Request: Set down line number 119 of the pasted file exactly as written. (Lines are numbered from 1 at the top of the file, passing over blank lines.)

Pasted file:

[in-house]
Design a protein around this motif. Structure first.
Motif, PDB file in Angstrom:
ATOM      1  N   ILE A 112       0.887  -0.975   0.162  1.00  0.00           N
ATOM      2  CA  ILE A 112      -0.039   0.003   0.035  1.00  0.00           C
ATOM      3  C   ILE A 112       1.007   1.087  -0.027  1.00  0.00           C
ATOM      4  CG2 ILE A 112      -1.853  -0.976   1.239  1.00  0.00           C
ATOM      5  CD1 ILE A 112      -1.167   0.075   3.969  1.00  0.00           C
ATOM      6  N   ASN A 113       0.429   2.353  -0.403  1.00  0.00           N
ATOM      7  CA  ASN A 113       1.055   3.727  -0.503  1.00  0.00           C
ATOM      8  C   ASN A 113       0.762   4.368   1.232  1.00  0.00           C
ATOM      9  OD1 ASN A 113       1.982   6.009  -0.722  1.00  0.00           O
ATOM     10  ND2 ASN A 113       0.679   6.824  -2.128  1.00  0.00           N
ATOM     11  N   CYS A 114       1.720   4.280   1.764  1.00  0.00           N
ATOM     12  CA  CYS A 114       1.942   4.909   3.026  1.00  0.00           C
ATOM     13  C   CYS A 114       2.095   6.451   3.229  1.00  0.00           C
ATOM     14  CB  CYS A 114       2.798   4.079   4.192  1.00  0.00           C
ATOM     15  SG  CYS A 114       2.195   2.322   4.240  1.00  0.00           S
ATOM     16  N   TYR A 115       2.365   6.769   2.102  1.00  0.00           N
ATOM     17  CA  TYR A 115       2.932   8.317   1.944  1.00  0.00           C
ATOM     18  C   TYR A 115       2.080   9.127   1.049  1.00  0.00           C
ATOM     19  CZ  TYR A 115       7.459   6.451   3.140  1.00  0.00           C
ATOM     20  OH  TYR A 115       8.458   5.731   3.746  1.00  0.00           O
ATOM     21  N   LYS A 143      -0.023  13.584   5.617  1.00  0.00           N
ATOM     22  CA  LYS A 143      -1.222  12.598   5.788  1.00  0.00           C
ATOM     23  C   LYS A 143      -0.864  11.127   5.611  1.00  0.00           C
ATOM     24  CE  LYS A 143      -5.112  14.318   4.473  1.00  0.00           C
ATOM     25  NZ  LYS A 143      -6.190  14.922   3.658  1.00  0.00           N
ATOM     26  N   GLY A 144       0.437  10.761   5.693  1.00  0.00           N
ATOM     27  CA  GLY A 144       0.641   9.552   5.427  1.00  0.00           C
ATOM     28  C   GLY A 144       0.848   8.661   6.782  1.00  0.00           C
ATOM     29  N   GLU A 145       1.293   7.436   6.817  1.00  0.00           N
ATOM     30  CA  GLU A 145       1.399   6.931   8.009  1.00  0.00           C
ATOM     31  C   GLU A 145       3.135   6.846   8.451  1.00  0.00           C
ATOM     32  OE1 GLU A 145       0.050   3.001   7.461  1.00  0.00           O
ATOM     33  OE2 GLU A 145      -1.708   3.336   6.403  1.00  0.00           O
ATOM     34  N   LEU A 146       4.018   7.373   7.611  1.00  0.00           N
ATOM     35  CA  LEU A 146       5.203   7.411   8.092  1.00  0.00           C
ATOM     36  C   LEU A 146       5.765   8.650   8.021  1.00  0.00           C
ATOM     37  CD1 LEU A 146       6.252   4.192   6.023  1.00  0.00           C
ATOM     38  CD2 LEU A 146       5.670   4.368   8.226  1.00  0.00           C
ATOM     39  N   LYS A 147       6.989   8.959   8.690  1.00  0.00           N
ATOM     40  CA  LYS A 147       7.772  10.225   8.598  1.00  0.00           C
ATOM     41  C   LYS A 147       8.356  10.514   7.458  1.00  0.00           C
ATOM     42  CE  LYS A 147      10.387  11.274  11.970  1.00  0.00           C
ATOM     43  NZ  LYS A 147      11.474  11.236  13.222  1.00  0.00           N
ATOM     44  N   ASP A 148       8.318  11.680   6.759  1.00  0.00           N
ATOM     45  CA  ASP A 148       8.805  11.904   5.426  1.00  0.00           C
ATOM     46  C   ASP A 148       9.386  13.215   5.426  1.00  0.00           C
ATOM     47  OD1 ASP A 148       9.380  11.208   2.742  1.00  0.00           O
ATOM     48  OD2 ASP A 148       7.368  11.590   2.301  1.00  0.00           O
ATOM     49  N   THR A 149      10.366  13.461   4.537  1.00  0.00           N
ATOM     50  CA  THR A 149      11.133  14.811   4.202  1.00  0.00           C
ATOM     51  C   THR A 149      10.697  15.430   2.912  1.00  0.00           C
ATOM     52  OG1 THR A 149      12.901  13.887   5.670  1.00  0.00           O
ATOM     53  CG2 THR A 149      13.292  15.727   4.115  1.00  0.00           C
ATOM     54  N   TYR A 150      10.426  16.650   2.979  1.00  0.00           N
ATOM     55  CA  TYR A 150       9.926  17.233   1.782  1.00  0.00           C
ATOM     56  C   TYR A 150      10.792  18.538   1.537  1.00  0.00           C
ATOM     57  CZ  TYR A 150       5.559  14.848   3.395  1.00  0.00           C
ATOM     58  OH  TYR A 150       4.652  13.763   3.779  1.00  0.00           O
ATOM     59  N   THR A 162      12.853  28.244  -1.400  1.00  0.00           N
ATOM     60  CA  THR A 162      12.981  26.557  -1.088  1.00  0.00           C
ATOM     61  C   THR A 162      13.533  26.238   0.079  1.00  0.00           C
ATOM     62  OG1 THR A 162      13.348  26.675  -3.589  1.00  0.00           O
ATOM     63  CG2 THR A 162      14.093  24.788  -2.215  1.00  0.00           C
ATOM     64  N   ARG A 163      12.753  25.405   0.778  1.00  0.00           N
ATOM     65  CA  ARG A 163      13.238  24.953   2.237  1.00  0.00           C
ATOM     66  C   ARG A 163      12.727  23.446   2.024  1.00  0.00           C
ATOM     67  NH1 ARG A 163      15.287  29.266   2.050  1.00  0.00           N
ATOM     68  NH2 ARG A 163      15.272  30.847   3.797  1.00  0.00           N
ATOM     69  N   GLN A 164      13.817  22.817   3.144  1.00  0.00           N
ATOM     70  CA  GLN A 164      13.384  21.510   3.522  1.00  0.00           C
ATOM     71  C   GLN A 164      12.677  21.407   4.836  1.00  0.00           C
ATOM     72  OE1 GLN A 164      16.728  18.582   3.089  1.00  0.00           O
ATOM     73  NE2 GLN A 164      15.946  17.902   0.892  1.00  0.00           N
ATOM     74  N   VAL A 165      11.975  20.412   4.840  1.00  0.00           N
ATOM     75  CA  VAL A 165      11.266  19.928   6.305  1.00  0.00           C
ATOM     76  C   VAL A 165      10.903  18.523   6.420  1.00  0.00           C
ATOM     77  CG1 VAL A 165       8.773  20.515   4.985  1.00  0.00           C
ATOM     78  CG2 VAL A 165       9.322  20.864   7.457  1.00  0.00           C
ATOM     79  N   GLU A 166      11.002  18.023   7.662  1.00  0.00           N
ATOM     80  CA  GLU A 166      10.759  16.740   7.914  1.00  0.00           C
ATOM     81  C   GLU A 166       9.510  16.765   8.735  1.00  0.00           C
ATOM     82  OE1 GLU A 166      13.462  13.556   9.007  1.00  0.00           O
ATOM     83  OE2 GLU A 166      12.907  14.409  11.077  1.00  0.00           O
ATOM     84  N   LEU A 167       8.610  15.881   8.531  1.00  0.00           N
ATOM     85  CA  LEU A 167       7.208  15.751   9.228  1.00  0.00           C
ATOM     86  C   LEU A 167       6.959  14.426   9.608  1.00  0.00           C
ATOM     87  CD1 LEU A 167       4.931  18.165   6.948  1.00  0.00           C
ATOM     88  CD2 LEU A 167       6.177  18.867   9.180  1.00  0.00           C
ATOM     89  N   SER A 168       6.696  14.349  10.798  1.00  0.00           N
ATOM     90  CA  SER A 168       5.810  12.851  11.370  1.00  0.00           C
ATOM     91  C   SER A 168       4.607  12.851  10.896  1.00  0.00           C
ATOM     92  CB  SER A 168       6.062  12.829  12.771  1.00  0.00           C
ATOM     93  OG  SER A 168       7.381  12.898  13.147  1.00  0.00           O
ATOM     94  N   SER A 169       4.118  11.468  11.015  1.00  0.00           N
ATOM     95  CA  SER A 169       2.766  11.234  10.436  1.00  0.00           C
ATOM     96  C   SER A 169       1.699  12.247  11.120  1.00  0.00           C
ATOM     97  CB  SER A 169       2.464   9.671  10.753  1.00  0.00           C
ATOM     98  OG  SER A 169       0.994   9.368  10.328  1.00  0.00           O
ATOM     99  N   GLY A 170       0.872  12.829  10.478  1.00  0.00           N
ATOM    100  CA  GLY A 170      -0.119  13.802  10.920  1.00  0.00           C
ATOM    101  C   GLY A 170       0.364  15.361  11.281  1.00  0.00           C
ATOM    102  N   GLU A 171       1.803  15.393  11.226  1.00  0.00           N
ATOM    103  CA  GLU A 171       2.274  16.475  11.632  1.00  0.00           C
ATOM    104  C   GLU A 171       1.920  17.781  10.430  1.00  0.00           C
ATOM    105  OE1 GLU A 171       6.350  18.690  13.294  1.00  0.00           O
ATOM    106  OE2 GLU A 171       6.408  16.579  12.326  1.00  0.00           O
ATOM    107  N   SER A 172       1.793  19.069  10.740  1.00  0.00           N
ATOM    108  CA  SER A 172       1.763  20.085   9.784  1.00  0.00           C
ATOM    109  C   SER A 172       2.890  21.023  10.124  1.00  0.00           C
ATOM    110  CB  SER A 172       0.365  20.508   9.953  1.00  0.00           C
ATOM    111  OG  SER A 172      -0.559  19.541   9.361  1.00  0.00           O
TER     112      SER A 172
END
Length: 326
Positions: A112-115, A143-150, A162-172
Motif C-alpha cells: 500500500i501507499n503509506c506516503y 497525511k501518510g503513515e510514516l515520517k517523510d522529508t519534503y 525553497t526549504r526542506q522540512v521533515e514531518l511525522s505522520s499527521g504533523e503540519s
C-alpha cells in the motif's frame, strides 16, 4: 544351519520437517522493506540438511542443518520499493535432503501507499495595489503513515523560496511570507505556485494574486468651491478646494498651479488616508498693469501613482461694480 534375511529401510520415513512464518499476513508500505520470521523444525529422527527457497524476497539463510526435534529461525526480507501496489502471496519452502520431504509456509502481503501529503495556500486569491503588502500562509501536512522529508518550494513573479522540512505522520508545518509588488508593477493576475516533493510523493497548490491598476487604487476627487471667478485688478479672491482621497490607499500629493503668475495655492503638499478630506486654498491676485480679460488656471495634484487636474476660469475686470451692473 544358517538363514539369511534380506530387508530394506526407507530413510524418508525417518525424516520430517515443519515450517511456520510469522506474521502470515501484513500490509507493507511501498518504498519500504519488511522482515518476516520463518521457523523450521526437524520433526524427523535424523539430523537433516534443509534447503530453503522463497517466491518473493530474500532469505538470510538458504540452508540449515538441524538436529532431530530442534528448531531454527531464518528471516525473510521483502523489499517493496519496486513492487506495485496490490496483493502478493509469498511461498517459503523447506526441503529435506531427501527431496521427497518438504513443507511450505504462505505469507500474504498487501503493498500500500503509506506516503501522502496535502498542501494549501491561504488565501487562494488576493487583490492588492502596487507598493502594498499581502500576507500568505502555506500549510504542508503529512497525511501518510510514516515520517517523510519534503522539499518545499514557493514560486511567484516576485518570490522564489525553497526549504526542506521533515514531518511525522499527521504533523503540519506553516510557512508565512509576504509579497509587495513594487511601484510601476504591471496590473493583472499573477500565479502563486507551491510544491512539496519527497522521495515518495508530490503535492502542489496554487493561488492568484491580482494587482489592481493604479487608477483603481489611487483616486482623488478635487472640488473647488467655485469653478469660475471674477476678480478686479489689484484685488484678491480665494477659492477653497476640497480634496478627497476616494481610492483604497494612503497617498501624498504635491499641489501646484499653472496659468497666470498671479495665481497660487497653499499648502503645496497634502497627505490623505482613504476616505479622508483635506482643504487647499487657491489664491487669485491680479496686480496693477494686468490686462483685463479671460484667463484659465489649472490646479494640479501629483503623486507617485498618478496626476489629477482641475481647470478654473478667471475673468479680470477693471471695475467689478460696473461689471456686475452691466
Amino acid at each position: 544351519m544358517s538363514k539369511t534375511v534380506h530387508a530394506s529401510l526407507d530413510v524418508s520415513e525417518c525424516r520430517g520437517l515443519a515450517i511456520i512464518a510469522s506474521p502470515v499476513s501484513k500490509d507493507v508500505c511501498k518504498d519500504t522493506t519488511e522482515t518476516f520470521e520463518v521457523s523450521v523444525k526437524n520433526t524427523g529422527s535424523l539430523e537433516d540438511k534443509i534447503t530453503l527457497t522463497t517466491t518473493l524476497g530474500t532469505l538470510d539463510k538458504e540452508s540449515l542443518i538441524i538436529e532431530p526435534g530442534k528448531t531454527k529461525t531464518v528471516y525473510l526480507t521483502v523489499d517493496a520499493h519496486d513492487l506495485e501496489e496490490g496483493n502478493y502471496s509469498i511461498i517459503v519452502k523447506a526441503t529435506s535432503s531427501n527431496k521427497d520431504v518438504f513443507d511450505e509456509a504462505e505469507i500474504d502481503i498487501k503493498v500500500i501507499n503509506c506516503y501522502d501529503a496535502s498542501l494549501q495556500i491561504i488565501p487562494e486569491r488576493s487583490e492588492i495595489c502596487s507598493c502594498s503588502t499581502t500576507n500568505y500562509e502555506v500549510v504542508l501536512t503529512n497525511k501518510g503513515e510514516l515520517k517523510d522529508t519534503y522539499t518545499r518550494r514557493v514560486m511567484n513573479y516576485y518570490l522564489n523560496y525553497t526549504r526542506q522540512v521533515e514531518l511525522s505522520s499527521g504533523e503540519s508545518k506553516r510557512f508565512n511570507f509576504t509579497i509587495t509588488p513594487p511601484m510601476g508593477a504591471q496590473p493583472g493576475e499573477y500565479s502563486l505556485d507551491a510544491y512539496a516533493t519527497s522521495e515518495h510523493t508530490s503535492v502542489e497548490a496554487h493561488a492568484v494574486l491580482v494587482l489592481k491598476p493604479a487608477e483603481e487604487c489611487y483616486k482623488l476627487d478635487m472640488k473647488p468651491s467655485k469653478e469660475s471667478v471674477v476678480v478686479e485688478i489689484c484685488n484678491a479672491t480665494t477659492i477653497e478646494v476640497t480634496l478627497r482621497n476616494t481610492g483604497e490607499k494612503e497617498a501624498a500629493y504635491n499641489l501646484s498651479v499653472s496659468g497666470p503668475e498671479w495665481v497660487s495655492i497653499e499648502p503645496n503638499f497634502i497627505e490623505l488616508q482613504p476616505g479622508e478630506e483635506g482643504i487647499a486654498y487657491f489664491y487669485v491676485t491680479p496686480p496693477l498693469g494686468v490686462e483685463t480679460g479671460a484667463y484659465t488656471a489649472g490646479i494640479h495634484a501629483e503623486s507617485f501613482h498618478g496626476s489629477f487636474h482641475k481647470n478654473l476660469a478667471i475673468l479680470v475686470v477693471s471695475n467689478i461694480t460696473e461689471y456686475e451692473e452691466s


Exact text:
Motif C-alpha cells: 500500500i501507499n503509506c506516503y 497525511k501518510g503513515e510514516l515520517k517523510d522529508t519534503y 525553497t526549504r526542506q522540512v521533515e514531518l511525522s505522520s499527521g504533523e503540519s